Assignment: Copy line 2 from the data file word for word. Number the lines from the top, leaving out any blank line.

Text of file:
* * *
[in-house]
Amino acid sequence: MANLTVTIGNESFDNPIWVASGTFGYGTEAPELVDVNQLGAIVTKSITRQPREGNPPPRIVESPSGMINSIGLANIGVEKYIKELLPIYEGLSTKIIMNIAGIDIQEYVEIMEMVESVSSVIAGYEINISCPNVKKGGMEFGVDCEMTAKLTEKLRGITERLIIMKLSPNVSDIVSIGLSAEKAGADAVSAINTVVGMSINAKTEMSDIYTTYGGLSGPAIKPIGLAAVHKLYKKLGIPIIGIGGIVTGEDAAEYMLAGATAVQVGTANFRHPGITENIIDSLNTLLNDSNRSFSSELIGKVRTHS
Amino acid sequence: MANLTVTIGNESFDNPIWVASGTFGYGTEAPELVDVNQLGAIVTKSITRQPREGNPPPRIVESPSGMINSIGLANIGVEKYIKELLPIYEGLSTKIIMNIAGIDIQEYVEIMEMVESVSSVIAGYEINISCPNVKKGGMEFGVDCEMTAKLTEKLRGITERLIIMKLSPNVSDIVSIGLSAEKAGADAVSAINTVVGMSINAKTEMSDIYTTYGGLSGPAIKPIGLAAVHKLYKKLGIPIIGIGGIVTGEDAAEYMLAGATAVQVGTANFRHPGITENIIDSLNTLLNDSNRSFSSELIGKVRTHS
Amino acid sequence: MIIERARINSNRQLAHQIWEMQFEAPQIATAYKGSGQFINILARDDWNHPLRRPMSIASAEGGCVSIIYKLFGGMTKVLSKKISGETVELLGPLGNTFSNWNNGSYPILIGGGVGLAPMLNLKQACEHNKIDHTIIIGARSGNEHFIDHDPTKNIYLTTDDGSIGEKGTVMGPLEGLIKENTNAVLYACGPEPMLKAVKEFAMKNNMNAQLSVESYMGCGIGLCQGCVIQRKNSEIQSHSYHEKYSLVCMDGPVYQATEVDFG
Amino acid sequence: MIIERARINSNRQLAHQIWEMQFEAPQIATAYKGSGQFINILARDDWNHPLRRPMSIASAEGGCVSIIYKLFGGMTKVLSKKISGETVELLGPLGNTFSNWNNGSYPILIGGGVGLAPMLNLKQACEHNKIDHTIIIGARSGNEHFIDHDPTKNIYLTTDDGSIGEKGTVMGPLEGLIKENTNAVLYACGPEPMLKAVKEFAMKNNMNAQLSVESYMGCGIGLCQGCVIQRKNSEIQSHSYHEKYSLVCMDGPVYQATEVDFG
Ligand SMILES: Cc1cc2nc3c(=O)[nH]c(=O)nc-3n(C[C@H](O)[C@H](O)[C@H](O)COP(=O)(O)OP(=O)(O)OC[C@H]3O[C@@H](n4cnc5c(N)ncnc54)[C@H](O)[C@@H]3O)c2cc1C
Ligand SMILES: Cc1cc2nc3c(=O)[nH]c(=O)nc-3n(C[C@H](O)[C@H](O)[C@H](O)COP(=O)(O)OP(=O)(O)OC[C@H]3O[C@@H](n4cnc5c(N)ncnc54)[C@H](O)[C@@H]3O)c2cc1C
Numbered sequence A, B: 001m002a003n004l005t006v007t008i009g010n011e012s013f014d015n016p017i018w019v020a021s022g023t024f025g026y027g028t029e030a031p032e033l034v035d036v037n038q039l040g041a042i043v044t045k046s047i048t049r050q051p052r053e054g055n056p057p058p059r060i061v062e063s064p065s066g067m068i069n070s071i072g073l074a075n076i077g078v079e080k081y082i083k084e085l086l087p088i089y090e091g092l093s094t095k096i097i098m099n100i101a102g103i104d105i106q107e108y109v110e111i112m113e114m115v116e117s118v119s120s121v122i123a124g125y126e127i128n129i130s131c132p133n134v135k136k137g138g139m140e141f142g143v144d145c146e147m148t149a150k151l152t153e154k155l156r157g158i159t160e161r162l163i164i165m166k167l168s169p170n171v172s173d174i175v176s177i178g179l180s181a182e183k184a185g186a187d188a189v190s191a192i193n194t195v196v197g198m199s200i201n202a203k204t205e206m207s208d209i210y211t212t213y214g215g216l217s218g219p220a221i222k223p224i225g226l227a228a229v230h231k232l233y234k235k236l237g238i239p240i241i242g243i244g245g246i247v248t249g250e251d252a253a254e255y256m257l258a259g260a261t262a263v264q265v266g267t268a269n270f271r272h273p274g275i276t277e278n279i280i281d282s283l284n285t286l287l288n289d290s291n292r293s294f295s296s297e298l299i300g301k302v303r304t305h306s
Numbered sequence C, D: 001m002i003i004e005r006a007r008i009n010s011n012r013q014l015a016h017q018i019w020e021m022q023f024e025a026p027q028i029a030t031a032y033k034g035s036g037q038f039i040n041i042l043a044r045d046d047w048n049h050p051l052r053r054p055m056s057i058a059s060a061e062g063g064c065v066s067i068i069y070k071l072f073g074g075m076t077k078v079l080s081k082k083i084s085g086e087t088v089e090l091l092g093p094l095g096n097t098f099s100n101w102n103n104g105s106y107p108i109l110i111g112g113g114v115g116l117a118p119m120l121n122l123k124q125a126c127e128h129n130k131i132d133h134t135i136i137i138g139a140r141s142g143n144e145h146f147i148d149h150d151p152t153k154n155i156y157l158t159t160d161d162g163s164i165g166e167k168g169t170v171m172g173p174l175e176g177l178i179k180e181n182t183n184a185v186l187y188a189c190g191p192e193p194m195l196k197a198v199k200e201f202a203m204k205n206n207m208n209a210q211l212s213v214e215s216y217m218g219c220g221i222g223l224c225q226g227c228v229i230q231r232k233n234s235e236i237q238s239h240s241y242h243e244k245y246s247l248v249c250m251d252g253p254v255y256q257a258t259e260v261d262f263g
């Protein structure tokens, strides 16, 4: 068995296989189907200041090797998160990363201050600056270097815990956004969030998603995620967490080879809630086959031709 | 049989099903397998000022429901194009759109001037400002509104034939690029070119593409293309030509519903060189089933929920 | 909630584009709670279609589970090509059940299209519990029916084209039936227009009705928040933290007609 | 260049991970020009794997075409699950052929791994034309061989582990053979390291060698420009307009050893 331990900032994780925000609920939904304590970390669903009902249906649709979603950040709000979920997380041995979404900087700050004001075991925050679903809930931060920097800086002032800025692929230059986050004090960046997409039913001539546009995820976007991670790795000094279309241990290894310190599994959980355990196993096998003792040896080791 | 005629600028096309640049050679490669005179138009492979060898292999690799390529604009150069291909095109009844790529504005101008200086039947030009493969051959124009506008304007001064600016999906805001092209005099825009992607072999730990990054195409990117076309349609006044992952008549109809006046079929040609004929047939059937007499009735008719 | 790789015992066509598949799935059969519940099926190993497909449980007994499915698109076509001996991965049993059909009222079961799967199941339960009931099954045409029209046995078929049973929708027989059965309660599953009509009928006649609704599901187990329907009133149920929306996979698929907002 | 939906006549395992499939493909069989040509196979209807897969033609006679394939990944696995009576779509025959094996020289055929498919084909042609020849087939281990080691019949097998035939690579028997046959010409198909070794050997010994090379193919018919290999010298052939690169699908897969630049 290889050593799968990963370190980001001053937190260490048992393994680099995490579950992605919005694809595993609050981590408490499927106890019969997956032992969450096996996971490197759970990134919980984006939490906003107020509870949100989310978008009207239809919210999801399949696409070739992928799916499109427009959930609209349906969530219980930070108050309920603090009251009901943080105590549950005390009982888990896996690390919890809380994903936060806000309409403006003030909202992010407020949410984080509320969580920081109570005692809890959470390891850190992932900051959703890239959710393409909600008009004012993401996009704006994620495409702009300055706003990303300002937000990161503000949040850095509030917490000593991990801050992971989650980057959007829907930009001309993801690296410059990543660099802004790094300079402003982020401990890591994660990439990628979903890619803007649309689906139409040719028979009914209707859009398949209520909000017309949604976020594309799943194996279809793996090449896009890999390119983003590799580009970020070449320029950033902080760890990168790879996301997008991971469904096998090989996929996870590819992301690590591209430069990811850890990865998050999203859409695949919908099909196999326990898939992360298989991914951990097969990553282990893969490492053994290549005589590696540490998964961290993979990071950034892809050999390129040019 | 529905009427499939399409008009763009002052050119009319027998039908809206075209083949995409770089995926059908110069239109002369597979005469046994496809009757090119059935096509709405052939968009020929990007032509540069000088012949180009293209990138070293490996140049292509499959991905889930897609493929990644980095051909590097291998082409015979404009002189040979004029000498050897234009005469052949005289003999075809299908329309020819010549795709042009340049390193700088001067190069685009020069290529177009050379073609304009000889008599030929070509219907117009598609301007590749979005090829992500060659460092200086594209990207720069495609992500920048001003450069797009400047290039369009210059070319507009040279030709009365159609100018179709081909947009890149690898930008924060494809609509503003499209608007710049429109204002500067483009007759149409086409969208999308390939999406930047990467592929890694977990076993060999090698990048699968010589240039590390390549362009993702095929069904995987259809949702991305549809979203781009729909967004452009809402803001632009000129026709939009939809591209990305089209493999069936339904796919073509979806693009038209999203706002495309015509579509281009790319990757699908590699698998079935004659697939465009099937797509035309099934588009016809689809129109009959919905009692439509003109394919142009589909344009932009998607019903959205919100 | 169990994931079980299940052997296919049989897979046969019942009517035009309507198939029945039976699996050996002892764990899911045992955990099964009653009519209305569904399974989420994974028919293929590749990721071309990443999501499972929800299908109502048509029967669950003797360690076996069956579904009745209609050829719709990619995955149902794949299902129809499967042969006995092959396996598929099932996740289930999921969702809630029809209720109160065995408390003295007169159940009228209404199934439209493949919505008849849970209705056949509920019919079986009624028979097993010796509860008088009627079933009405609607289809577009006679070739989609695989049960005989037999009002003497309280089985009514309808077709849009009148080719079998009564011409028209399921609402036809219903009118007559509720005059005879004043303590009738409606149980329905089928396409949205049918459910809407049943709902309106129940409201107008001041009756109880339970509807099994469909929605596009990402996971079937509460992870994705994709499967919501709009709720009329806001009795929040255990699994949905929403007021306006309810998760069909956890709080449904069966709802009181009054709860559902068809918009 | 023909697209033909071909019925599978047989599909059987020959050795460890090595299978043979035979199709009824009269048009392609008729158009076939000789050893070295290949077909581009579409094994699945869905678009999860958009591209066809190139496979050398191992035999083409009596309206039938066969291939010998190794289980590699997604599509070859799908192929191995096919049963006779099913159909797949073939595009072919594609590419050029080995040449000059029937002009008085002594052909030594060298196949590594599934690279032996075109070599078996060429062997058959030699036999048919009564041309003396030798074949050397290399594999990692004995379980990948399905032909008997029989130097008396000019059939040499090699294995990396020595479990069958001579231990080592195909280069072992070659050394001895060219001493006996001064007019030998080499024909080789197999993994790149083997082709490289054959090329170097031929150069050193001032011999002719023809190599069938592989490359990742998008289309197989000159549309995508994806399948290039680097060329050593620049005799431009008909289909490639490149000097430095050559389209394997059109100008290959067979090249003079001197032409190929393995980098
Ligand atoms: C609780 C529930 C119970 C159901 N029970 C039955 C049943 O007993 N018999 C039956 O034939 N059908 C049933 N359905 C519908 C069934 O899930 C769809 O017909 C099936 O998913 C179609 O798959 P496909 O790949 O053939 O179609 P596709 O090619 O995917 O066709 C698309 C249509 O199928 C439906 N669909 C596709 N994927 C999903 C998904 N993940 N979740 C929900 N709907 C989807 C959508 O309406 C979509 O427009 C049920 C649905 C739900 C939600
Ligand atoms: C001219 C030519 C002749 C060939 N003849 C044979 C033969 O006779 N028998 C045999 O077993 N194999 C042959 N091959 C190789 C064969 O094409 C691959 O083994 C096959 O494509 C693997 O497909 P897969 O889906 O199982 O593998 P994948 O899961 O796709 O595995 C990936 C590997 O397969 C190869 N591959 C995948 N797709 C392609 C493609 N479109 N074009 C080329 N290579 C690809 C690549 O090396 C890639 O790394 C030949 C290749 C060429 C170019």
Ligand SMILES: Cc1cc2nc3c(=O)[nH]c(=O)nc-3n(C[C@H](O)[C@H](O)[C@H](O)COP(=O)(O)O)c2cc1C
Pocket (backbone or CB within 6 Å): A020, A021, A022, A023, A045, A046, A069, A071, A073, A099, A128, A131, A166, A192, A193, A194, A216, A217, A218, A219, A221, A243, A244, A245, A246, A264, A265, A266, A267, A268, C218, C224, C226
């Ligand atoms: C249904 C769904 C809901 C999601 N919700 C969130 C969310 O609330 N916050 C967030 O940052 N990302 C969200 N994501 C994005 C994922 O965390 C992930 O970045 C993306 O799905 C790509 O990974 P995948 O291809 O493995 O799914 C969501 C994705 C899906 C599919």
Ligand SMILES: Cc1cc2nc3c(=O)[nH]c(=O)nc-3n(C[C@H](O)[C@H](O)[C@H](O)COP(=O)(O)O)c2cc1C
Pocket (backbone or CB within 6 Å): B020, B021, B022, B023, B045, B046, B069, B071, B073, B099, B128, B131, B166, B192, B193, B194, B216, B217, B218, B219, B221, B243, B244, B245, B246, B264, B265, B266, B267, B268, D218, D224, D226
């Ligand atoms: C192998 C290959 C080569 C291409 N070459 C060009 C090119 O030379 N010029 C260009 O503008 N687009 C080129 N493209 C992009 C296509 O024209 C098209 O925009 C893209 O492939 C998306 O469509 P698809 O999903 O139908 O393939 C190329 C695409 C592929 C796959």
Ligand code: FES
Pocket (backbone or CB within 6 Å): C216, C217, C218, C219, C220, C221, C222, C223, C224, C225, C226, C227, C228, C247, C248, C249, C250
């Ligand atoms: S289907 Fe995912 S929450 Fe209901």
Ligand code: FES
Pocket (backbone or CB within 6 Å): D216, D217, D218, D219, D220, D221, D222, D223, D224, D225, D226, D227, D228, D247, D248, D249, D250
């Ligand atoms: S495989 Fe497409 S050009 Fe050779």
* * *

Amino acid sequence: MANLTVTIGNESFDNPIWVASGTFGYGTEAPELVDVNQLGAIVTKSITRQPREGNPPPRIVESPSGMINSIGLANIGVEKYIKELLPIYEGLSTKIIMNIAGIDIQEYVEIMEMVESVSSVIAGYEINISCPNVKKGGMEFGVDCEMTAKLTEKLRGITERLIIMKLSPNVSDIVSIGLSAEKAGADAVSAINTVVGMSINAKTEMSDIYTTYGGLSGPAIKPIGLAAVHKLYKKLGIPIIGIGGIVTGEDAAEYMLAGATAVQVGTANFRHPGITENIIDSLNTLLNDSNRSFSSELIGKVRTHS